Dust storm originate from Sahara covering Western Europe: A case study

P. Vanderstraeten, Y. Lénelle, A. Meurrens, D. Carati, L. Brenig, A. Delcloo, Z. Y. Offer, E. Zaady

    Research output: Contribution to journalArticlepeer-review

    35 Scopus citations


    Erosion, transport and deposition of atmospheric dust are largely determined by the nature and state of the earth's surface (the dust source) and the physical characteristics of the atmosphere. The state of the atmosphere is subject to important temporal variations related to diurnal and seasonal cycles and to synoptic conditions. The dynamic evolution of particulate concentrations measured at Brussels showed a significant peak in PM10 during 24-25 March 2007. The 4-day backward trajectories calculated for this peak attributed its cause to a dust storm that had occurred 2 days earlier in the Sahara. Chemical analysis showed a significant similarity to Saharan dust composition, primarily oxides of Si, Fe, and Al. On 29 March, another peak with a very high PM concentration and an elevated PM2.5-to-PM10 ratio was recorded in Brussels. Analysis of its PM profile showed that it was mainly caused by formation of secondary aerosols.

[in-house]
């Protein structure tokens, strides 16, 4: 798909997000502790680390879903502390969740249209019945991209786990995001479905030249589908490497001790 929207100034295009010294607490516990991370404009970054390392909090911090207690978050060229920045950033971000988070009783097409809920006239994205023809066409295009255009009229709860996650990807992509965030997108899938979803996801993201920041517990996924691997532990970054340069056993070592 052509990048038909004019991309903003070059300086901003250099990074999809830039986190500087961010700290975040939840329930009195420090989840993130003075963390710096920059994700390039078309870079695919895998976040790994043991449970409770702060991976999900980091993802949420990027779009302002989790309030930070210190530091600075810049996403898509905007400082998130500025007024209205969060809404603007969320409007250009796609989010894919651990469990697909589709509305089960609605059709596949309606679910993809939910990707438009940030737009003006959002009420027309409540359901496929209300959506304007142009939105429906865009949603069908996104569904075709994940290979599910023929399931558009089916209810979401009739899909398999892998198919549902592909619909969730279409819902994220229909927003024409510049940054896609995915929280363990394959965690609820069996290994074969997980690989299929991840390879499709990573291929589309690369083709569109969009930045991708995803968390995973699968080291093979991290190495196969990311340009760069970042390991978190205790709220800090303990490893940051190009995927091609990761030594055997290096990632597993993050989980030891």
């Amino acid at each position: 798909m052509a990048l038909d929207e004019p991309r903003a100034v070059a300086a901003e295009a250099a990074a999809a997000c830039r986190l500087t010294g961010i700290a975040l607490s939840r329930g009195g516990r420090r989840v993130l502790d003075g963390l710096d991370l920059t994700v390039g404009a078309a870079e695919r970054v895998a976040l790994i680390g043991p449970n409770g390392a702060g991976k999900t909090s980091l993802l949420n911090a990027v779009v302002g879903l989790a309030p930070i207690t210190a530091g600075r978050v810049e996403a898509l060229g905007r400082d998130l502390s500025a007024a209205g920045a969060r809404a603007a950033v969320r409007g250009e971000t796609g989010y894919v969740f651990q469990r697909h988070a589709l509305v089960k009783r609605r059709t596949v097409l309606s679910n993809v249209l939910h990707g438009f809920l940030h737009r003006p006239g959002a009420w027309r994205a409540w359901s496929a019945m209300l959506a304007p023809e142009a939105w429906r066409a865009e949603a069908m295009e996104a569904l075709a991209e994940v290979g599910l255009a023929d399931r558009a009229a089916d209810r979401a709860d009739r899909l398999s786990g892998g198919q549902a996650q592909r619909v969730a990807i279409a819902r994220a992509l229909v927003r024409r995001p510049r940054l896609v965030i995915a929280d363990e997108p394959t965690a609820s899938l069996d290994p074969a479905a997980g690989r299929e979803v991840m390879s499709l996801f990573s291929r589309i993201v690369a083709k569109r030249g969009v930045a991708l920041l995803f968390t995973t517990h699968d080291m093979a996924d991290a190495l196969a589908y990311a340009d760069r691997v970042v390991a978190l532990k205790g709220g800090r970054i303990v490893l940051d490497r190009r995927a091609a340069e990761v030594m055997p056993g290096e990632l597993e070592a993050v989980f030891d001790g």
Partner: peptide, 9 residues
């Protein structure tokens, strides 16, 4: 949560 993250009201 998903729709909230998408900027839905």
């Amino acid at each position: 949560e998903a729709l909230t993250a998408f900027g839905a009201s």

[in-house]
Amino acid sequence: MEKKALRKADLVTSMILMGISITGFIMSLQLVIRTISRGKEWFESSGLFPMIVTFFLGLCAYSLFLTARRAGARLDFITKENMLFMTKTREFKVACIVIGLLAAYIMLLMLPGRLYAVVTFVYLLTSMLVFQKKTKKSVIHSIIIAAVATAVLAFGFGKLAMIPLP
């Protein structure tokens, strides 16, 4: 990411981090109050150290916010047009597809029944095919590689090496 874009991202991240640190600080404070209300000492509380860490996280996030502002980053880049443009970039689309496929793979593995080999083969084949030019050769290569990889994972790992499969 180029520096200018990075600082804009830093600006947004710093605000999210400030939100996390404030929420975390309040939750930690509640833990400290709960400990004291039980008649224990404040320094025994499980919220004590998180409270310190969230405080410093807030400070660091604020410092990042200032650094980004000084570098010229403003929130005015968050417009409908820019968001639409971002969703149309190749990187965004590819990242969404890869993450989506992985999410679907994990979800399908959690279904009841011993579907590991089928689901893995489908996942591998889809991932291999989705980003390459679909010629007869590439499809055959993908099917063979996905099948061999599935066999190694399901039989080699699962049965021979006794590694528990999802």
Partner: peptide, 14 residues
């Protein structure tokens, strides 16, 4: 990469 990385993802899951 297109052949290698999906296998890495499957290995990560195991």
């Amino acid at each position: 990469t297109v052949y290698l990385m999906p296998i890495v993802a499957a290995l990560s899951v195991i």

Original languageEnglish
    Pages (from-to)5489-5493
    Number of pages5
    JournalAtmospheric Environment
    Issue number21
    StatePublished - 1 Jul 2008


    • Atmosphere
    • Chemistry
    • Concentration
    • Particle size
    • Trajectory

    ASJC Scopus subject areas

    • General Environmental Science
    • Atmospheric Science


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